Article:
Uses and Abuses of Intestinal Permeability MeasurementsReport as inadecuate




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Canadian Journal of Gastroenterology - Volume 2 1988, Issue 3, Pages 127-132

Review MRC Clinical Research Centre, Harrow, Middlesex, UK

Received 26 April 1988; Accepted 27 April 1988

Copyright © 1988 Hindawi Publishing Corporation. This open-access article is distributed under the terms of the Creative Commons Attribution Non-Commercial License CC BY-NC http:-creativecommons.org-licenses-by-nc-4.0-, which permits reuse, distribution and reproduction of the article, provided that the original work is properly cited and the reuse is restricted to noncommercial purposes.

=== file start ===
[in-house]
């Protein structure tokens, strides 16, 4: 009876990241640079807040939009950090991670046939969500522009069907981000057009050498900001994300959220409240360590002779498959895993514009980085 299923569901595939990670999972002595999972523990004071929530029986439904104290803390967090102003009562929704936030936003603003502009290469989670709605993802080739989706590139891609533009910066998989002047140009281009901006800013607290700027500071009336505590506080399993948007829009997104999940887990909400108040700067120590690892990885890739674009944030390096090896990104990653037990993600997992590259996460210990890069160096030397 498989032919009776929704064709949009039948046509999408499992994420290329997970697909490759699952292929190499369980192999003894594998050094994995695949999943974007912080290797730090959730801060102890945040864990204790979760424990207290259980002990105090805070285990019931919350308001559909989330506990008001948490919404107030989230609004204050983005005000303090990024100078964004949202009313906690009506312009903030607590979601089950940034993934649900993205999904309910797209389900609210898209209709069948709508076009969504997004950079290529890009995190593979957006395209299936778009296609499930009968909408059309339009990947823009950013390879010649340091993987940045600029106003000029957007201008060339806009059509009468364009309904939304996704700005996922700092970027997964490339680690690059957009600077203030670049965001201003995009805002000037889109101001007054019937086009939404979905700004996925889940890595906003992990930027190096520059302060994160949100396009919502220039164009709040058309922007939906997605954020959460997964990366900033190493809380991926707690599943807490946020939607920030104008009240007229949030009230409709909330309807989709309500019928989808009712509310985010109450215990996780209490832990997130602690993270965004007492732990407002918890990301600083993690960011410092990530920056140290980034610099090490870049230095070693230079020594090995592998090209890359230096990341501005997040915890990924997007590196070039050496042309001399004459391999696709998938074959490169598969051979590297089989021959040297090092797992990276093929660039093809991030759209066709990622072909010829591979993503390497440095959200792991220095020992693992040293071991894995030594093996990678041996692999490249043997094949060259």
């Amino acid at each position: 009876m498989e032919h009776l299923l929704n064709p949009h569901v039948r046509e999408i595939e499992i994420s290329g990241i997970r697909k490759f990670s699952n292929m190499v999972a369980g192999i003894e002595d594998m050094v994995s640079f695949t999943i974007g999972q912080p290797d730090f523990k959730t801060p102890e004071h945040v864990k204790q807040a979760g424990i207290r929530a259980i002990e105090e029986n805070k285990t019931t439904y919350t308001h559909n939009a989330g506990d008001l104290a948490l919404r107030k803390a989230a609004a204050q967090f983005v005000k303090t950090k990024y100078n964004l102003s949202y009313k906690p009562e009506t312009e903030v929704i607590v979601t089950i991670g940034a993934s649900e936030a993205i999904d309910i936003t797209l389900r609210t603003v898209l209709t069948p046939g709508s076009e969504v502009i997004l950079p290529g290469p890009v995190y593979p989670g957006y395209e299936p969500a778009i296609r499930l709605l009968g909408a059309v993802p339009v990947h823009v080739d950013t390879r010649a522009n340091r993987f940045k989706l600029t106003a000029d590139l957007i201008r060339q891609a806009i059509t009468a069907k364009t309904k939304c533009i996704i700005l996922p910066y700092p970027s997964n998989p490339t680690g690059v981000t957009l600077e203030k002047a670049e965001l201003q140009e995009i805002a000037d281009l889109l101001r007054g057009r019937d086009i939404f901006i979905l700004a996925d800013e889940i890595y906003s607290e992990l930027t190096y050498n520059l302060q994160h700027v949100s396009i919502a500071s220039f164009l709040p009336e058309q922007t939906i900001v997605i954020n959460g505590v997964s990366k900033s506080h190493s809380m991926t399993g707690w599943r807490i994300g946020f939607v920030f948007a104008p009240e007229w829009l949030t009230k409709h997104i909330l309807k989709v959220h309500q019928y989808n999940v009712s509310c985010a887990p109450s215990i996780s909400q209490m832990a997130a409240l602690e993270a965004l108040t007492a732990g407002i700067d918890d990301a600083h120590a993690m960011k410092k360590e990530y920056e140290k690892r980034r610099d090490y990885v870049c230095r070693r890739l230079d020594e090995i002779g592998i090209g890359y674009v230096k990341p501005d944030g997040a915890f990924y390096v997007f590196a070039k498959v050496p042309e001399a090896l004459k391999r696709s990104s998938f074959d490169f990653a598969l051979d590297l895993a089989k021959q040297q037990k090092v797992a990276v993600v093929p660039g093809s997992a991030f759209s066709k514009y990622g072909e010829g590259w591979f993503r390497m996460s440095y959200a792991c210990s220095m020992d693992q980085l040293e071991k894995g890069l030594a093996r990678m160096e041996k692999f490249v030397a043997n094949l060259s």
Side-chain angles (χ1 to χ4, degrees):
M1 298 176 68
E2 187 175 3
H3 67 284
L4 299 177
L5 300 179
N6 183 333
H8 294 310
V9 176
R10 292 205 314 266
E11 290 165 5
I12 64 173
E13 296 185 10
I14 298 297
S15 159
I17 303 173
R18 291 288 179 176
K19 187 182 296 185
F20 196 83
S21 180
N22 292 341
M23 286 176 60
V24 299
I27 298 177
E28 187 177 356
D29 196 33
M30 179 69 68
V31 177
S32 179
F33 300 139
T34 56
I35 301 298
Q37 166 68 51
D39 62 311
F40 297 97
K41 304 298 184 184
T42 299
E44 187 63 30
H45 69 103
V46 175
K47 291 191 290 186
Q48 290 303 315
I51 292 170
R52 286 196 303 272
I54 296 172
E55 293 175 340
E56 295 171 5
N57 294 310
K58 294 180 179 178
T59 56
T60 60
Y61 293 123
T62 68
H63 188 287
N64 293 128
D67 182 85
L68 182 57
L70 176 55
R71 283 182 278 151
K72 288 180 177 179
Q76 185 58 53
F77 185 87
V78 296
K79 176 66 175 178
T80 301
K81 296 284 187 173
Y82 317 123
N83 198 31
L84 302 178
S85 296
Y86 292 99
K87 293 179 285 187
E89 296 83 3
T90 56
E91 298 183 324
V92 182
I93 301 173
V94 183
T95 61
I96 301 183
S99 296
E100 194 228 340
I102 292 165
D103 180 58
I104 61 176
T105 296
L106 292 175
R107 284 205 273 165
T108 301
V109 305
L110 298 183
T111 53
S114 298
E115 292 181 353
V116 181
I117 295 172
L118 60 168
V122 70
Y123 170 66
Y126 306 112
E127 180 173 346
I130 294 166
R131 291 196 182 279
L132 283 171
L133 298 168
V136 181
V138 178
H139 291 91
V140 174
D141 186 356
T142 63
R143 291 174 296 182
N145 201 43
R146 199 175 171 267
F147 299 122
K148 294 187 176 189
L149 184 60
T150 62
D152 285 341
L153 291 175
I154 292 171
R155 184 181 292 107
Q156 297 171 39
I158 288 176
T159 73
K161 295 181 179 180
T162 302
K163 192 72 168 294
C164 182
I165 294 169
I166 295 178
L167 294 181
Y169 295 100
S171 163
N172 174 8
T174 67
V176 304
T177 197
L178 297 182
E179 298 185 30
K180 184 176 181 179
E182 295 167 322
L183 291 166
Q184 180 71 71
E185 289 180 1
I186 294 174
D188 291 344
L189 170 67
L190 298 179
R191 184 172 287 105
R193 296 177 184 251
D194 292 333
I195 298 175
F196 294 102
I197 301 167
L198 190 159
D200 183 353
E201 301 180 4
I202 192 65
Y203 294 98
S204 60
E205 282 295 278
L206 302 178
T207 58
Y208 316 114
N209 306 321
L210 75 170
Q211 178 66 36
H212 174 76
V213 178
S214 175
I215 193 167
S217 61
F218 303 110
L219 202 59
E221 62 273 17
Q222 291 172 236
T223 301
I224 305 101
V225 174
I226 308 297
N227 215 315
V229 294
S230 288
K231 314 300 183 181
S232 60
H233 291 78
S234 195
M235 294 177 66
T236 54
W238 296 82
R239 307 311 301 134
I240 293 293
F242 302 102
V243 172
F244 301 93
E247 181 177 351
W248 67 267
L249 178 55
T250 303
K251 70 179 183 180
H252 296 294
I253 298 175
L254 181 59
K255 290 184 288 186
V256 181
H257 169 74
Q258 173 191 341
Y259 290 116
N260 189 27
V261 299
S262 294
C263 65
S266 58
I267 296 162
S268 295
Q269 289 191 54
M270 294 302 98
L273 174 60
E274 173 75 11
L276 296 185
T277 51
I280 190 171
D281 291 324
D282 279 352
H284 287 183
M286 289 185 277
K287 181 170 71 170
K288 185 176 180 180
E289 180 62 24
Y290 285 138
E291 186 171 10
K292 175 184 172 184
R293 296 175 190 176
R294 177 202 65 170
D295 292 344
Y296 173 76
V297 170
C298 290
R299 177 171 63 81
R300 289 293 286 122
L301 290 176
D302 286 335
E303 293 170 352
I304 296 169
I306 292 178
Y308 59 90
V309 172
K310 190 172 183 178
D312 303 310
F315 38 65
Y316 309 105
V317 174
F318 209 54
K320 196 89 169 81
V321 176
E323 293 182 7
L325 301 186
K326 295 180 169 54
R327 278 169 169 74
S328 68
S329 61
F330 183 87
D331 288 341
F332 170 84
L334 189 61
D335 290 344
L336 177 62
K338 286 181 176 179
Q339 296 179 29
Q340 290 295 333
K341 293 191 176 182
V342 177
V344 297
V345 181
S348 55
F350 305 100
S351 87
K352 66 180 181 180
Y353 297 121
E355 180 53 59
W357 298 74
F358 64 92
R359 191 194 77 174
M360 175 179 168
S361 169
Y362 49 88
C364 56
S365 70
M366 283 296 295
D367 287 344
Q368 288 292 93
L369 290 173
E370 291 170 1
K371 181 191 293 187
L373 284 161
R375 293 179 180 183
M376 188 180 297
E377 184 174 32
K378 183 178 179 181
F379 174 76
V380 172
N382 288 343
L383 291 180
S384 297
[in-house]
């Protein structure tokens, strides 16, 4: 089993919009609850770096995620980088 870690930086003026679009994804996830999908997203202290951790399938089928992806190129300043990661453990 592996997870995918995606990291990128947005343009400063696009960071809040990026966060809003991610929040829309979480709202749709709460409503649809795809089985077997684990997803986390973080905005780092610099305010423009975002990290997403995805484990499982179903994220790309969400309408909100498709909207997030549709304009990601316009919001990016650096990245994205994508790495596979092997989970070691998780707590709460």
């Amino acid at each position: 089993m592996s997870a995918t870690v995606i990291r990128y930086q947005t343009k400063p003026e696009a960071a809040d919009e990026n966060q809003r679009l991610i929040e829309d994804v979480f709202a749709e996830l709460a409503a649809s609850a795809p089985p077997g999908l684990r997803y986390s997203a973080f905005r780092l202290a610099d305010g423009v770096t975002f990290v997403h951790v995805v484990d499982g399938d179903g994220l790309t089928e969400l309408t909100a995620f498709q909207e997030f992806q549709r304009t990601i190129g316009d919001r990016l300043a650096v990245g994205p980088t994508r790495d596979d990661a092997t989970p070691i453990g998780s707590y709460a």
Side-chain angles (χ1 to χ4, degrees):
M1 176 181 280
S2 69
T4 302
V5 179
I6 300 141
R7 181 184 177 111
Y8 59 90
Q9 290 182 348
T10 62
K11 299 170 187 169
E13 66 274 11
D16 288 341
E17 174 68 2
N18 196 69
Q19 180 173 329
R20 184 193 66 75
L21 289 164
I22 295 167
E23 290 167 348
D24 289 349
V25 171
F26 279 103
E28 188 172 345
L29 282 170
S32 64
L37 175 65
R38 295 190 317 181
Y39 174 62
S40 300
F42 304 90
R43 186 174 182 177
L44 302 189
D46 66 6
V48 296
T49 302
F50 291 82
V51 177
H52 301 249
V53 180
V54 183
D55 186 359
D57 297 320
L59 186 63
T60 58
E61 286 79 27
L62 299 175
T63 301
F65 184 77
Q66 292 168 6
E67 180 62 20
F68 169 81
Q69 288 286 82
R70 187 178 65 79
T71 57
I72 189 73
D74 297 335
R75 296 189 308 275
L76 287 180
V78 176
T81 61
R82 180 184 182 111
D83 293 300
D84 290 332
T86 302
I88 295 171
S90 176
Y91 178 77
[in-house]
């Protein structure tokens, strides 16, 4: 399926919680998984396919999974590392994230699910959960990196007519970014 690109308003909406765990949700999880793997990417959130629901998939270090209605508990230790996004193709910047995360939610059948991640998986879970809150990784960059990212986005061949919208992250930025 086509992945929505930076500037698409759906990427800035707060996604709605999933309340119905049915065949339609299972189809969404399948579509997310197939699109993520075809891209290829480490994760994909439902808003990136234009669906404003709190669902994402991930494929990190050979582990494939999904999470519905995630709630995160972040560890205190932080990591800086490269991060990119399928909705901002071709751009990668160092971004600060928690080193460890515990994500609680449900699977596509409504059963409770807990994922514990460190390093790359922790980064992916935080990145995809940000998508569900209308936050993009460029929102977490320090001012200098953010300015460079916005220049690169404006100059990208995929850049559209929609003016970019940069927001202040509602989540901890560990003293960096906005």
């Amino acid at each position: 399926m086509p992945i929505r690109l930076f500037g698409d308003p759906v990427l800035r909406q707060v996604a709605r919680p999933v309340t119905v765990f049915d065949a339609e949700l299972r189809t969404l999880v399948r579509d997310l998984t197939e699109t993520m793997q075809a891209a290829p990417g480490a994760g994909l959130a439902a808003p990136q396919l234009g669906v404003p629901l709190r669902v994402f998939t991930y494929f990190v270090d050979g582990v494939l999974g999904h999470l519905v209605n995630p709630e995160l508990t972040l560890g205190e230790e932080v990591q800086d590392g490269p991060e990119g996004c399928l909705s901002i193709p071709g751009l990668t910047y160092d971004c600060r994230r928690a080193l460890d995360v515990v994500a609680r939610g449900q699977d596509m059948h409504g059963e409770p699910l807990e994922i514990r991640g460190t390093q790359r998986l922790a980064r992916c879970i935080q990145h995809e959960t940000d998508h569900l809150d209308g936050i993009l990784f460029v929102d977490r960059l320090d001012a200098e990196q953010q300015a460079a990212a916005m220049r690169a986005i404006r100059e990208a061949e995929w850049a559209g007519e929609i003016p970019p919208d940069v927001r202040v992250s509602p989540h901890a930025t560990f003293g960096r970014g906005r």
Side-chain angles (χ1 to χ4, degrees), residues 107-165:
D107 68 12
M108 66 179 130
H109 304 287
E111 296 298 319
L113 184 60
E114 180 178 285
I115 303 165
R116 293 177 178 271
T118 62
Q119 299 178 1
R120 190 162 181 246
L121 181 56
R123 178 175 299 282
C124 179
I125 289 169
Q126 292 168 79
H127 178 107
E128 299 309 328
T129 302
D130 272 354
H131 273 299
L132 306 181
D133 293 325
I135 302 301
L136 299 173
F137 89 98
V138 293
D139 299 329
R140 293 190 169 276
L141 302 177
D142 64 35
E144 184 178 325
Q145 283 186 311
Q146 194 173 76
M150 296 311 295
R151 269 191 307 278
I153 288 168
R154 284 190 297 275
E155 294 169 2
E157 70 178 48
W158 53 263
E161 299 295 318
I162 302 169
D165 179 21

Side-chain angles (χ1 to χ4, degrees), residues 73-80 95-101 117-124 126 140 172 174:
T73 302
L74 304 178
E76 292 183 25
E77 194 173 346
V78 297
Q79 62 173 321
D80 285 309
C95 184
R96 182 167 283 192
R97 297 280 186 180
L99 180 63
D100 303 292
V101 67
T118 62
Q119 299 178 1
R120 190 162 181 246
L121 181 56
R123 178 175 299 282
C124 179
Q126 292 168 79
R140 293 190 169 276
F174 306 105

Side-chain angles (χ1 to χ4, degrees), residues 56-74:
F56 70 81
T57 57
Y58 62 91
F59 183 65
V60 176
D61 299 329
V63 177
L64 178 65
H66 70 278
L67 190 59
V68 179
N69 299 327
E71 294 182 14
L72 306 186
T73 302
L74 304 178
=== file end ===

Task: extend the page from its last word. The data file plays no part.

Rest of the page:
Abstract

Intestinal permeability has been assessed with three different classesof permeability probes, viz various sugar mixtures,

Cr-EDTA and polyethyleneglycol. The former two methods are having increasing clinical applications in thescreening and assessment of small intestinal damage and

Cr-EDTA is now the preferredprobe for routine clinical use. Polyethylene glycols have numerous disadvantagesand are not recommended. Probes may be used both in vitro and in vivoand have been applied to a wide variety of clinical problems. In particular, NSAID inducedenteropathy, a major complication of the chronic administration of thesewidely-used drugs, was recognized for the first time with

Cr-EDTA permeabilitymeasurements. The cytoprotective role of various prostanoids was also clearly demonstratedusing

Cr-EDTA. It is anticipated that measurement of intestinal permeabilitywill play an increasing role in clinical and research investigation and in themonitoring of intestinal disease.





Author: Timothy J. Peters and Ingvar Bjarnason

Source: https://www.hindawi.com/



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